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Time for Self-Reflection and Pragmatism in the Boardroom

  • 一月 2017

Time for Self-Reflection and Pragmatism in the Boardroom

The recent study by the well-respected women business leadership group The Boston Club, in their Census of Women Directors and Executive Officers in Massachusetts Public Companies exposed “We are frustrated by the large numbers of companies that persist in ignoring the business imperative for a diverse board.”

The diversity quotient is indeed problematic as the Census found that across Massachusetts’ largest 100 public companies, only 12.7% of board directors are women – and this a 1.6 % increase over 2011. More than a third of the top 100 companies still have all male boards. And, interestingly, less than 2% of the 850 director seats in the Census are held by women of color.

So while diversity is championed by many with virtually no opposition, the progress is slow to materialize at the highest levels of corporate governance. Some ponder that the mindset of a “culture of the familiar” permeates people decision-making in the boardroom, where like meets like and relationships have historically been key to nominations and ultimately appointments of new board members. And, since only a select number of openings arise each year on boards, the slow turnover process only exaggerates an already lagging pace of change.

One exception where the change has been notable is at the highest ranks of public US companies, who chart the highest averages in percentages of women on their boards. However, if you look closely, the overall averages are pulled down by companies who will only consider experienced female directors – many of whom have already been “maxed out” by prior board commitments or a lack of available time to meet the demands of the board appointment. It’s time for boards to get practical and hire the talent and not the name.

And while the diversity figures alone are reason for pause, the lack of female representation is only one factor behind the impending need for board’s to examine their own make-up and objectively critique whether they have the right leadership composition today — and ultimately long-term — to successfully govern to the needs of their shareholders.

In our extensive work with boards and with CEOs, we have found that boards are grossly delinquent in taking the long view to assuring they have the right composition of talent on the bench ready to succeed sitting board leaders as they transition. But why?

Boards appear too nice, too passive aggressive, and fearful of straightforward conversation in their own ranks. Directors cite reasons such as desire to preserve the “culture” or the “relationships” of the board to protect someone’s feelings. Boards therefore often default to age limits as the mechanism to bring new talent on to the board. This does not make for a progressive, strategic succession process.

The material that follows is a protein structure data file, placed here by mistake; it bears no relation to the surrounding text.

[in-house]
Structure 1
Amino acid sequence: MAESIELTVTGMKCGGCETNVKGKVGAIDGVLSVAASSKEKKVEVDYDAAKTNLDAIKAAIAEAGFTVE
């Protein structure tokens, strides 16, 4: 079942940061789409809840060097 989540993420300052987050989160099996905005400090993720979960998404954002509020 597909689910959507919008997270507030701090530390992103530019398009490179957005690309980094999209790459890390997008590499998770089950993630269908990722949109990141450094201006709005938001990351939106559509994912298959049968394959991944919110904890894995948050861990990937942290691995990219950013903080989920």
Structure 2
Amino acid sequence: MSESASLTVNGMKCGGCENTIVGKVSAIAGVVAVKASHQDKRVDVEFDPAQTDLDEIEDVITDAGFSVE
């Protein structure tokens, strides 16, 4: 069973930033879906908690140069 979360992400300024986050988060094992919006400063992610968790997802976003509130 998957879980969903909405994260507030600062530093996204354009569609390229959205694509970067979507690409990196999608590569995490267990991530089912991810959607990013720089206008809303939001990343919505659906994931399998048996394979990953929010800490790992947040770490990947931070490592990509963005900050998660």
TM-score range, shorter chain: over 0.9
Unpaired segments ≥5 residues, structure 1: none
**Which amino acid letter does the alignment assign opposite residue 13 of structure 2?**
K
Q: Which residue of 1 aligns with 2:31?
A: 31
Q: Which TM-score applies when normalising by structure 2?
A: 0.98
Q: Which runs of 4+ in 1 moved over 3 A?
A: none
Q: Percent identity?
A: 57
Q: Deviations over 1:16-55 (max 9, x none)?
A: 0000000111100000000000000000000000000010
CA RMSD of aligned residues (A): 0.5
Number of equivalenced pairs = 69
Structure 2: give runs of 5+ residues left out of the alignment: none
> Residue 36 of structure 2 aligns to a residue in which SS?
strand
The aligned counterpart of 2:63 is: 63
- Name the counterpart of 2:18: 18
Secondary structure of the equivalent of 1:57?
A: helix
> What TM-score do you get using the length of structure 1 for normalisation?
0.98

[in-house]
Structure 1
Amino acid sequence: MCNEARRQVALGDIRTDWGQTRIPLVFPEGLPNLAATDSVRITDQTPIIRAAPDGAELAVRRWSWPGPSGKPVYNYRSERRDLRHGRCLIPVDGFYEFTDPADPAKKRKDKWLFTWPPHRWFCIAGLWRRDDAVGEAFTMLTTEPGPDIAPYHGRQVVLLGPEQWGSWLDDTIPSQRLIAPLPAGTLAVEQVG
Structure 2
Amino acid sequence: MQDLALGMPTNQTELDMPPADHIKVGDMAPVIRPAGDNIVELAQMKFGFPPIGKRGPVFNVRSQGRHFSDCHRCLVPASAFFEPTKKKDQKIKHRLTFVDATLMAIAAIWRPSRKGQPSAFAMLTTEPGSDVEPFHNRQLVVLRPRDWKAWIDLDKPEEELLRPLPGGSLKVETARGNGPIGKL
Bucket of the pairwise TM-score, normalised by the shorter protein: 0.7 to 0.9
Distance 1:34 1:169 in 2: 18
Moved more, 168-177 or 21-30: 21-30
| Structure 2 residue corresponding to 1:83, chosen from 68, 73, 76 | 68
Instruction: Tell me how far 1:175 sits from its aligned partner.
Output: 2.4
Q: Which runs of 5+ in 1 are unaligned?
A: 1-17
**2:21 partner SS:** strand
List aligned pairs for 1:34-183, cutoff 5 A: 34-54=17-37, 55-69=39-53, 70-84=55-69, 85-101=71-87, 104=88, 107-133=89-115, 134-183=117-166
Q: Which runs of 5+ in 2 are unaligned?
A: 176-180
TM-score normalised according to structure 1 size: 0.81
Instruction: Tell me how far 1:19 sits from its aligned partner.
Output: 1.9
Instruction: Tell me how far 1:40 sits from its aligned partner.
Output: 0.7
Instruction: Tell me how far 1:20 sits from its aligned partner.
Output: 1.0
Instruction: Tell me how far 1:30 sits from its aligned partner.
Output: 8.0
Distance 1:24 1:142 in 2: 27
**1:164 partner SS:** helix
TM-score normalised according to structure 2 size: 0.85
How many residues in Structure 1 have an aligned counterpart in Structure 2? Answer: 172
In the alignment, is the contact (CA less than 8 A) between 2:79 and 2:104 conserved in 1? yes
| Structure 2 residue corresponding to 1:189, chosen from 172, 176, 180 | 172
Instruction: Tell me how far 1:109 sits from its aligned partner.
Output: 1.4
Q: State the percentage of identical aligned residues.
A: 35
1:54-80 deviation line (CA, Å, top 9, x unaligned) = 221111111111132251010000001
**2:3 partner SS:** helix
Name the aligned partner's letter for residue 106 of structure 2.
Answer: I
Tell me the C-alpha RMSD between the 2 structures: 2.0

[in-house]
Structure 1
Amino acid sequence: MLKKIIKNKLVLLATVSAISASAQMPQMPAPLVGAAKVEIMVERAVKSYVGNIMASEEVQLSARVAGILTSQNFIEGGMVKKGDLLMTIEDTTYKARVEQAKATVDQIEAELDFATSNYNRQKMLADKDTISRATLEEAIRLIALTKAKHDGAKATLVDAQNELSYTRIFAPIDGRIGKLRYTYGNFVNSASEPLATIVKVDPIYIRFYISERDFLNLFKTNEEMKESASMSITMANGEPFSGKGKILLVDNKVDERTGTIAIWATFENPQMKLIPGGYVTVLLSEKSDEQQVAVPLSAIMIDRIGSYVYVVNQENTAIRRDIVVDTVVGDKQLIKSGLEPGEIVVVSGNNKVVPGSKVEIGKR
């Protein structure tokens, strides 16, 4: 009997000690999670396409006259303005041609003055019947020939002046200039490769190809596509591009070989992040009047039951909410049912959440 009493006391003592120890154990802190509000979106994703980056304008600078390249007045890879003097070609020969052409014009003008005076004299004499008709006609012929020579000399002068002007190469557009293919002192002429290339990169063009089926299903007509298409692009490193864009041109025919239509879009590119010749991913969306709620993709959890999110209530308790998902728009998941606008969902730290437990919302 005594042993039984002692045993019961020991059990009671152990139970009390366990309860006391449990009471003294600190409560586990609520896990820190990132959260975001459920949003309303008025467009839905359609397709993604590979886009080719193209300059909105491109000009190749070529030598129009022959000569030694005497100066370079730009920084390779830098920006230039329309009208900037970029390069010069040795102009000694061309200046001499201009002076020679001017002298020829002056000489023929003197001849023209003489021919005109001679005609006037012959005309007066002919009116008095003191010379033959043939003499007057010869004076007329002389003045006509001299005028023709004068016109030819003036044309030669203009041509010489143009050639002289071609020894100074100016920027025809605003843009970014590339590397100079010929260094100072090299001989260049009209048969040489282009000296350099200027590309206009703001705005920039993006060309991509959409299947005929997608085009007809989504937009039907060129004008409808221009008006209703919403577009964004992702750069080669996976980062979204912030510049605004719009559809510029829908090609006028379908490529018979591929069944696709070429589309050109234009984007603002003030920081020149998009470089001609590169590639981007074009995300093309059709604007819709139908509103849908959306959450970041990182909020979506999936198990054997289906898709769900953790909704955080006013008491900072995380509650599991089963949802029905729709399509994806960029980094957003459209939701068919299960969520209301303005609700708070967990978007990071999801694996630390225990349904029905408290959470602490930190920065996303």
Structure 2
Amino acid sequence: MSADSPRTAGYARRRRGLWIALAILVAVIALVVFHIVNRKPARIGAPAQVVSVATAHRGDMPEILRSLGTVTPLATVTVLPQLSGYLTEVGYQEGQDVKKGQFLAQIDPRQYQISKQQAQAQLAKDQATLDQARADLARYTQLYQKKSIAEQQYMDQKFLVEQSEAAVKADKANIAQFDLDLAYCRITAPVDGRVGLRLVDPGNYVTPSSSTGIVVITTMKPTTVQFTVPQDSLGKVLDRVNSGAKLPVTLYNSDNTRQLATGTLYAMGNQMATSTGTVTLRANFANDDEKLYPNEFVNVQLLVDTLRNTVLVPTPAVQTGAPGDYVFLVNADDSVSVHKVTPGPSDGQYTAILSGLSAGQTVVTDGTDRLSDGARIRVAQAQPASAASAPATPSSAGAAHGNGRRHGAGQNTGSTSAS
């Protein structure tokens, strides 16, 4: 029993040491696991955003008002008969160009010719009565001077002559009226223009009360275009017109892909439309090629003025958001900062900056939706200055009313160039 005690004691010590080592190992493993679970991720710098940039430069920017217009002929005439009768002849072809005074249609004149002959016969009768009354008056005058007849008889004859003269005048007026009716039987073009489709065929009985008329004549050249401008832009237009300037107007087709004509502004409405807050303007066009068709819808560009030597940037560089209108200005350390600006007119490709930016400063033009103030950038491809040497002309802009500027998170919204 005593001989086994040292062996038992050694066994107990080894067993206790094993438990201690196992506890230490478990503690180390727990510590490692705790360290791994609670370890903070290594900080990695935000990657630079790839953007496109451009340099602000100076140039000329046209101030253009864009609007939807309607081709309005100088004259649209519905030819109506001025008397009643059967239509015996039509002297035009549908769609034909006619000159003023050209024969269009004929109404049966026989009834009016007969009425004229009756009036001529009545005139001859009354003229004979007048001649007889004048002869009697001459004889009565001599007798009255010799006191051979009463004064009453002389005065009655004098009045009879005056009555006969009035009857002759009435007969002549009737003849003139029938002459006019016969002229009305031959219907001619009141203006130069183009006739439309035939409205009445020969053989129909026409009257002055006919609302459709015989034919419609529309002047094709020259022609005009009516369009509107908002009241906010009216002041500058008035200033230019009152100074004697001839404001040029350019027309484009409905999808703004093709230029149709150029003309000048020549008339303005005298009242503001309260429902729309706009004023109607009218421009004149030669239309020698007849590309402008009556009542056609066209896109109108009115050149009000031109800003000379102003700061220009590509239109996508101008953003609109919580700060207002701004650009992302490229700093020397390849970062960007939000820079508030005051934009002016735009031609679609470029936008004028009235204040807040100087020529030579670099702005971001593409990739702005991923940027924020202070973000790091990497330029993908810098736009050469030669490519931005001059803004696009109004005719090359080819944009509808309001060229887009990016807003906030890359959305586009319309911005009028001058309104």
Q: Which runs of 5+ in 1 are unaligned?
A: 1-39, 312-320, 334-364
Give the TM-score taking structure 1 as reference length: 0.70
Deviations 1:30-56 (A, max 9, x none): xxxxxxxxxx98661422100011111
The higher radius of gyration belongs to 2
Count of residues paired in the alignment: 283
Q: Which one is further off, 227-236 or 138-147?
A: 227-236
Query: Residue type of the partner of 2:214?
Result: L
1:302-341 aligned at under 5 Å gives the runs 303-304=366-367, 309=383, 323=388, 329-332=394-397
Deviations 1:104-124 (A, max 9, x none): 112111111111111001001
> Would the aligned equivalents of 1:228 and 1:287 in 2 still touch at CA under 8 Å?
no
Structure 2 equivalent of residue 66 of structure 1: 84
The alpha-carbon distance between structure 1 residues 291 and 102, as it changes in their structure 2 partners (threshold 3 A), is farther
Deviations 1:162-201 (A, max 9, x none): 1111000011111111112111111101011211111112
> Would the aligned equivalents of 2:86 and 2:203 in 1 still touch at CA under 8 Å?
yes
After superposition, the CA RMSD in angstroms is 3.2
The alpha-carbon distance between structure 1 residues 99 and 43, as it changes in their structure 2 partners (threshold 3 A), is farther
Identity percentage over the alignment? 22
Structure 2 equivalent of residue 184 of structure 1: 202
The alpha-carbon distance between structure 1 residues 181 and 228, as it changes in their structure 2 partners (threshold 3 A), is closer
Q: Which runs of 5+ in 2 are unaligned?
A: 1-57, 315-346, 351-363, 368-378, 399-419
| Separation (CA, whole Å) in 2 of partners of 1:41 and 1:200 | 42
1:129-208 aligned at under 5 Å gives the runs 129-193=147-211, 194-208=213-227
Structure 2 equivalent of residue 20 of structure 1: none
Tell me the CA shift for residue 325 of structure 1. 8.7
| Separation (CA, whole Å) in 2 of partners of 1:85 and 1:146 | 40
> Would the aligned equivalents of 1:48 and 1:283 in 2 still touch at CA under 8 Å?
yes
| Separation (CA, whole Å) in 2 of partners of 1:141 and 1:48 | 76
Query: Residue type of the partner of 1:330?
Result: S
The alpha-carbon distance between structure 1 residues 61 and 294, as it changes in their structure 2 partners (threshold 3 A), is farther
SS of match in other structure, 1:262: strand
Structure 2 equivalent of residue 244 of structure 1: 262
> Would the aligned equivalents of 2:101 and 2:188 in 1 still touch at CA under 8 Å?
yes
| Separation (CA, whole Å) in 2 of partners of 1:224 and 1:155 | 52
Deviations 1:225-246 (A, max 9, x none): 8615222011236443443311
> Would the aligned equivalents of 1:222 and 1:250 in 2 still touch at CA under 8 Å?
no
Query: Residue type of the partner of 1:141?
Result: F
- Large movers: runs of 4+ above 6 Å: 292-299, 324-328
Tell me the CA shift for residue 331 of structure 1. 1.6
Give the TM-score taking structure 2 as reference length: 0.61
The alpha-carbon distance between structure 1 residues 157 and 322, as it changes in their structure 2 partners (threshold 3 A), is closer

Succession planning for boards is not mysterious; it closely mirrors the CEO succession process with which boards have gained extensive experience in recent years. What is important is to realize the unique nature and culture of the board and tailor the plan accordingly. Success in board succession hinges on getting the board engaged in designing a solution and following through, on a regular basis, to ensure the board has the optimal mix of skills it needs over time.

Here are some suggestions for getting started:

  1. Create a vision – Work with the board to outline a strategic vision that marries to your long term needs. Where is the company heading and how do the competencies on the board align with that direction?
  2. Design a process – Determine who on the board will take the lead and how you collectively envision the succession plan to unfold. While some boards do the minimum required to meet regulatory requirements, others are finding that investing time and resources in an in-depth review generates critical insights, builds teamwork and the ability of the board to engage effectively with the CEO, and quantifies the competencies required for success.
  3. Determine ground rules – Develop processes for sharing out information gathered in reviews, define the process for replacing directors, and agree to a set of rules that will be deemed effective and fair.
  4. Rinse and repeat – Recognize that the real value from board succession planning, which translates into greater effectiveness, emerges from a commitment to ongoing reviews.

Board succession planning is straightforward and the outcomes reached through objective analysis, dialogue and debate, will ultimately yield a governance body that mirrors the needs of the business and the people it serves.

With kind permission of Harvard Law School Forum on Corporate Governance and Financial Regulation .

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